Hi friends and welcome to the first post in my digital photo editing series. In today’s post, I list the equipment, set up the shot and capture images.
The first image is the art journal page reference page that inspired this project. My plan for this new canvas is to combine the best image of my subject with a composite forest scene from my 2022 day hikes shots taken at Golden Gardens and Discovery Park.
In the studio
My studio is on the top floor of our townhouse, with a large, single window facing south. The room is about 8 feet wide and 10 feet long with a spiral staircase down to the main level. At the top of the staircase is a ceiling fan with a light covered by a white frosted glass dome. Today is a very cold, rainy day with a flat, grey sky. Very diffuse light reached my camera with limited light for my subject. To maximize light, the overhead fan light was on, the window shade was open all the way.
Set up and equipment
- Canon Rebel T1i
- Sunpak 5858D tripod
- Canon 50 mm lens
- Lensbaby Velvet 56 lens
- Mactrem LED ring light
- small electric fan
- Canon remote trigger
- 6′ tall 3 panel screen covered with a white sheet to bounce light toward the subject
- 3′ high 4 panel screen with a warm cherry blossom design served as the backdrop
The short screen stood at the far side of the room, opposite the window. The purpose of the screen was to mask the stairwell railing and provide a woodsy background for the final image, should I choose to keep it.
The subject: Lucy, 58 cm tall ball jointed doll on a metal stand (Elfdoll Rem head, with Volks SD body). Lucy stands 3 feet in front of the screen, closer to the window. The tripod stands about 5′ away from Lucy, leaving me 2 feet to sit on the floor with my back to the window.
I had 1 session yesterday as a warm up and 2 sessions today. The first two sessions used natural light using the 50 mm and Velvet 56 lenses. The small button style pin used to hold Lucy’s shawl closed has a holographic design and created a distracting hot spot.
Yesterday was a partly cloudy day. Shooting in AV mode with the Velvet 56, with Lucy sat on a box in front of my monitor with a white sheet place over the monitor for a backdrop. The first image was the best of yesterday’s shots. This image is straight out of the camera. It’s a dreamy image, framed similar to the art journal page. The button on her shawl has a hotspot that draws your eye right to it, which is not where I want the viewers to look.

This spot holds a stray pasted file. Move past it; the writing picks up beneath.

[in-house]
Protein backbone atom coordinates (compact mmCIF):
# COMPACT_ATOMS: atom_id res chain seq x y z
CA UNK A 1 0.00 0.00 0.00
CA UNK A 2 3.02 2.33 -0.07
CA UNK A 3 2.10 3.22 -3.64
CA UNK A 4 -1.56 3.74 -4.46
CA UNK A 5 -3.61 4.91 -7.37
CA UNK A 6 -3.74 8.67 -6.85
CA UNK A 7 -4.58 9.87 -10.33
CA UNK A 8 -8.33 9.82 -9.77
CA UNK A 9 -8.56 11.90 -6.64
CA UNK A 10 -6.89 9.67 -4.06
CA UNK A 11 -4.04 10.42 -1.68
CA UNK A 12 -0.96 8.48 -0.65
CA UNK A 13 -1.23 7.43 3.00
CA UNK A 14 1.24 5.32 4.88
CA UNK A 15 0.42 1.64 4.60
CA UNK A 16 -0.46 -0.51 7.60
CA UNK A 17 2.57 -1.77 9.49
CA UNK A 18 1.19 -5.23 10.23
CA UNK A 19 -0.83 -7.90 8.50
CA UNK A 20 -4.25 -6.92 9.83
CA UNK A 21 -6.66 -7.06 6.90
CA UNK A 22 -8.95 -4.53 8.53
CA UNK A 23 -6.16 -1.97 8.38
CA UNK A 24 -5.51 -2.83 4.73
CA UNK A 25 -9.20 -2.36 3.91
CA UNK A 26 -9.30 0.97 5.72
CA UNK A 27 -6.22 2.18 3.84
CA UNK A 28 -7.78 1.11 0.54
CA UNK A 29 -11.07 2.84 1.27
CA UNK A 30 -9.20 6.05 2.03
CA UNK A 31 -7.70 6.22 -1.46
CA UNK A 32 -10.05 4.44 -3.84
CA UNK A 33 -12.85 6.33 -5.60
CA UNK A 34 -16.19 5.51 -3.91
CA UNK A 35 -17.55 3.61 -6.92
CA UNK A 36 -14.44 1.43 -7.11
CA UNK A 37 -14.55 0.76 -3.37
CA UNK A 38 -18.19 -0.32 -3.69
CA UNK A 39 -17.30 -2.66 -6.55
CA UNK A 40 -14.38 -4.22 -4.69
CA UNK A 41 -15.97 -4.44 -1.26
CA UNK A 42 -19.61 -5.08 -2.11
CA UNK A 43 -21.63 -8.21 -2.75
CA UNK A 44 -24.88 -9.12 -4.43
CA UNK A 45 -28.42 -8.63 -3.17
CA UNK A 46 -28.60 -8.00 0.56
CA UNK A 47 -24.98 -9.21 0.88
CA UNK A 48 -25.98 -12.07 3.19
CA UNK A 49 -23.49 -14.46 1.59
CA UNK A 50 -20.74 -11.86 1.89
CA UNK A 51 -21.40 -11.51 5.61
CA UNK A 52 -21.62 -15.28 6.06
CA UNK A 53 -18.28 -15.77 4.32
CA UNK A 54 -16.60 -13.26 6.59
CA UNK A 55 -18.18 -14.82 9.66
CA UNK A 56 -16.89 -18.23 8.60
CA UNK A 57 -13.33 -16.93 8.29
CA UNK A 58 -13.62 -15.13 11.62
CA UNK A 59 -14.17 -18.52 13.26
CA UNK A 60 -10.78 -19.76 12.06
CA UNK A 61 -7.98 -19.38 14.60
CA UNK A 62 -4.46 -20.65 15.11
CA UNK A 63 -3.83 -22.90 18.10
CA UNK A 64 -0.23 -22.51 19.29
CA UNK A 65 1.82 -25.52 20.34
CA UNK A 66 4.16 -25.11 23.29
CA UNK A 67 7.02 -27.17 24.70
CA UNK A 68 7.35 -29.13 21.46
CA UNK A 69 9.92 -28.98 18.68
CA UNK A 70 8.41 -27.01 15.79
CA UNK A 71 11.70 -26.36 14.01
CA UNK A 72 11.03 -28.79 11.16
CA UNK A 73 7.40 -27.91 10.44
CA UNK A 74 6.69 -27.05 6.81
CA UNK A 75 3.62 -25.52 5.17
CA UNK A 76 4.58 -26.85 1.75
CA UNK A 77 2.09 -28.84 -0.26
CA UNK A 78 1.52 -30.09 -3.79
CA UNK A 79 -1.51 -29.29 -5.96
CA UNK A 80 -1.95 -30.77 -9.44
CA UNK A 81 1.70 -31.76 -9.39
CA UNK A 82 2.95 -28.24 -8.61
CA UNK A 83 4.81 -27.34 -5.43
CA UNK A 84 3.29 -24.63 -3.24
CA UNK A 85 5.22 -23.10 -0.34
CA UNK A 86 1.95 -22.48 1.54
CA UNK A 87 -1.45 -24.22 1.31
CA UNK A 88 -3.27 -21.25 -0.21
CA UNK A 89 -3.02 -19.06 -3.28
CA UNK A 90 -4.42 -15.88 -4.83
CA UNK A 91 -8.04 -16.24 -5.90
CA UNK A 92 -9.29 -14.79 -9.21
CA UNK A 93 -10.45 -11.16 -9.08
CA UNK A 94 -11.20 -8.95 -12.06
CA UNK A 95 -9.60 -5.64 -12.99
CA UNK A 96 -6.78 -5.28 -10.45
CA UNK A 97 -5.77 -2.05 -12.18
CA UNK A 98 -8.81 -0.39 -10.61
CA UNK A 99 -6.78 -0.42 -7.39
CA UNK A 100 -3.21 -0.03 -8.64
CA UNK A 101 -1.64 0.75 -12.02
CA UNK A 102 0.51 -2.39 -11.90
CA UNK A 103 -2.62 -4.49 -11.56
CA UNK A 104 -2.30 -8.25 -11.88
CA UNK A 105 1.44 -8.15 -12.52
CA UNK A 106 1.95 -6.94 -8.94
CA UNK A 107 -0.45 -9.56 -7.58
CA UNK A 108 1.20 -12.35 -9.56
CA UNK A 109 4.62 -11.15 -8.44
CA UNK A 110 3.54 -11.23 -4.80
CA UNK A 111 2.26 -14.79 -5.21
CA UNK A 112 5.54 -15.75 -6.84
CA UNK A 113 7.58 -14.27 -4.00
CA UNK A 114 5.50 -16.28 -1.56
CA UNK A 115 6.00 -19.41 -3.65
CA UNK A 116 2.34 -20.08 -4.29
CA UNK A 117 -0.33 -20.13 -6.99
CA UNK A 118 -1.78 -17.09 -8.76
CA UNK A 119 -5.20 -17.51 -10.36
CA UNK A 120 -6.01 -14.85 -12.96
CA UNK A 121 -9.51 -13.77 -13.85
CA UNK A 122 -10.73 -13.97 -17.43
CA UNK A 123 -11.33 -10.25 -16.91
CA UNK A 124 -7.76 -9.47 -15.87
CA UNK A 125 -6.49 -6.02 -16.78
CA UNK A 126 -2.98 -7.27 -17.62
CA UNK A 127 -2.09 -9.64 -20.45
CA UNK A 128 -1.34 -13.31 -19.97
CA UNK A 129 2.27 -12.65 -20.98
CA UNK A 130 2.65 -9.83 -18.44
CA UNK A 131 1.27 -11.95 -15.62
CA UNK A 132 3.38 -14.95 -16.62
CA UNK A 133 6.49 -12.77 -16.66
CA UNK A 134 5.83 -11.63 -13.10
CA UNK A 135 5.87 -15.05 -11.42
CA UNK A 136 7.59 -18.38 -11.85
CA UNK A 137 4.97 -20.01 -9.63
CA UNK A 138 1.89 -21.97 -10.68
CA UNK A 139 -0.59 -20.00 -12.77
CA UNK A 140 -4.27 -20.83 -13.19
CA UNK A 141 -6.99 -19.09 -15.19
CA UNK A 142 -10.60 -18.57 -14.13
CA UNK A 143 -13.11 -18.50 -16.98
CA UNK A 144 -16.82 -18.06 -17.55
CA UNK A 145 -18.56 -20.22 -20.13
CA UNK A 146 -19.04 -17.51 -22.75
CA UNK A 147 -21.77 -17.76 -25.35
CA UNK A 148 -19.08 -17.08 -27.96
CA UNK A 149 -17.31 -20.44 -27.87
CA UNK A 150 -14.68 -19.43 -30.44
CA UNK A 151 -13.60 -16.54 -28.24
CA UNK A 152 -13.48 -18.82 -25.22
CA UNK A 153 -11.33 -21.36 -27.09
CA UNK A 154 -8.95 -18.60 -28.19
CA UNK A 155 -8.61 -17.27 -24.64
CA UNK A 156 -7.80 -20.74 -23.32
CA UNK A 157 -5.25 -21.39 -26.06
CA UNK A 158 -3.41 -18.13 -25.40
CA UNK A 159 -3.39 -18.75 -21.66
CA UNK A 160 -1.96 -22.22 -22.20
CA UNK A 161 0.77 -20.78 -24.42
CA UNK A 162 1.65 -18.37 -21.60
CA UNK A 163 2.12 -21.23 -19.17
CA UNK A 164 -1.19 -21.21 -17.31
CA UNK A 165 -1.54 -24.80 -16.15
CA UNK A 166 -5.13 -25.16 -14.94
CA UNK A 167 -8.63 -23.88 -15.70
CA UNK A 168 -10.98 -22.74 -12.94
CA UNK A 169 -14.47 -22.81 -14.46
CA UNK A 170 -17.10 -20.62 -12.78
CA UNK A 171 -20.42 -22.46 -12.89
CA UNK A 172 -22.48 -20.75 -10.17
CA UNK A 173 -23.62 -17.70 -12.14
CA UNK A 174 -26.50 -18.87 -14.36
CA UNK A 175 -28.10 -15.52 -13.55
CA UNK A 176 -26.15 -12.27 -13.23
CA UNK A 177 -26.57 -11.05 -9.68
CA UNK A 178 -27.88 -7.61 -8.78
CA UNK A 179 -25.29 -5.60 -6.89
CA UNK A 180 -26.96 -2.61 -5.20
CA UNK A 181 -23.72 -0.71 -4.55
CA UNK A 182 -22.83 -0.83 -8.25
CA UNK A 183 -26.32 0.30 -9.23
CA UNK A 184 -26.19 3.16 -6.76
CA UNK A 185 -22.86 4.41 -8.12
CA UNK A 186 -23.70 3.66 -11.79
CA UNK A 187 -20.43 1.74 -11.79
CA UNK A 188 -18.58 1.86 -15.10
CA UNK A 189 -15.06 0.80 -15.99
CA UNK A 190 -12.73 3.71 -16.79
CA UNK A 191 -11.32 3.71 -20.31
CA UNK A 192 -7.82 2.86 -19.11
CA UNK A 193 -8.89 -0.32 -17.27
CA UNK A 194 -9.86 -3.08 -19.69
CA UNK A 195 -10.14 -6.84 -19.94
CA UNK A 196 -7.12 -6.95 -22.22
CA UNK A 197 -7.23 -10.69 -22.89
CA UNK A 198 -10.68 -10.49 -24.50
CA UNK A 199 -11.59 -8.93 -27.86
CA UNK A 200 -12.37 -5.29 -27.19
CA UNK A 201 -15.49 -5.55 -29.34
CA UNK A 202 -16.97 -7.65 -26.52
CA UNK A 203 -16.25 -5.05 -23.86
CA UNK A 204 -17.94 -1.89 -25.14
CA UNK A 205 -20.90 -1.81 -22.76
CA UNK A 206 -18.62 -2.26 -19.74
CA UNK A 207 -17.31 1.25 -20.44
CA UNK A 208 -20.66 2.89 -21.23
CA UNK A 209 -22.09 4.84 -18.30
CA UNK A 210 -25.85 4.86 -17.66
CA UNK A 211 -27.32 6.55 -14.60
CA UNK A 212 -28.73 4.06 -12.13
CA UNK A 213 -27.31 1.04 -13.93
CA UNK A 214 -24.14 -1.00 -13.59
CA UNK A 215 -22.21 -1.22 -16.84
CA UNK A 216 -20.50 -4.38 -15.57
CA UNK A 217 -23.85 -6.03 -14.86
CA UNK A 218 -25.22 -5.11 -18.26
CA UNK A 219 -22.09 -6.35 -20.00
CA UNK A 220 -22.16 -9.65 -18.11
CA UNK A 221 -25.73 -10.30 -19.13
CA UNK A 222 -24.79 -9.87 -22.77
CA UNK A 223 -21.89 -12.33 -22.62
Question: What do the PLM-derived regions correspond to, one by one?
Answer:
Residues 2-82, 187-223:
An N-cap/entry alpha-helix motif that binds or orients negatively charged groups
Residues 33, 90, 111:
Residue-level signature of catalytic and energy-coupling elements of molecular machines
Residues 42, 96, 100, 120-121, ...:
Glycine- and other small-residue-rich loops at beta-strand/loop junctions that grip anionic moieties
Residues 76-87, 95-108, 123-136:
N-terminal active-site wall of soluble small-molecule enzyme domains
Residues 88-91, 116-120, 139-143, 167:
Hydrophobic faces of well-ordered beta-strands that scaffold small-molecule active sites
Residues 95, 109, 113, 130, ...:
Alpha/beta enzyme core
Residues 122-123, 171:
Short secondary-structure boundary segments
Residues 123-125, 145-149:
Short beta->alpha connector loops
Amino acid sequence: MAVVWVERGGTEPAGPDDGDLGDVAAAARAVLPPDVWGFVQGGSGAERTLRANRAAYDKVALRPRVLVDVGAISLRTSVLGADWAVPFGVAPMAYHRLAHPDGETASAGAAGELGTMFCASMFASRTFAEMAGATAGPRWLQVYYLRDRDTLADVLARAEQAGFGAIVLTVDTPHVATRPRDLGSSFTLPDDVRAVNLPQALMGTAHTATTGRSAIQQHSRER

For the third session, I used the Canon 50 mm lens, added the ring light and shot in manual mode. It’s 2 pm and the available natural light is very quickly fading. I worked fast, reading the histogram and playing with settings.
Reviewing the images in Lightroom, I found the first session images were unusable. The second session had more promising results. Removing the pin helped. To replicate the wind-swept hair of the art journal page, the fan is to Lucy’s left.
To be honest, any of these could be my favorite. They were the best 3 shots of all 3 sessions. The full body images will work best with the forest images I have in mind for the background.
3rd favorite shot
2nd favorite shot
Final thoughts on the shoot
I set up the shot as envisioned and captured over 50 images, with at least 3 workable images. Due to the time of year and weekend plans for the next few weeks, I’m going to work with the images I have. The final image is clear in my imagination but I’m not sure how it will turn out. It could be great or the next stage that gives me ideas to improve the work. I also learned I need to focus on manual shooting in order to make the most of the Lensbaby Velvet 56. My next photography goal: improve working with manual settings.
In the next post
I’ll decide which of the images to use and work through my standard process in Photoshop.
Link to the series
To follow along at home and set up your own shoot, click the link for all the posts in the Creative Photography Basics series.
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Chris Parker’s YouTube course for beginners
This weekend, I found Chris Parker’s YouTube course Learn Photography for Beginners, where he clearly explains the technical aspects of shooting DSLR. As a self-taught photographer, I thought I could get by with my “experimental” shooting but my results have been sporadic. Watching the first half of this 4 hour course, I finally understand the Exposure Triangle. Armed with a full understanding, I can experiment with purpose.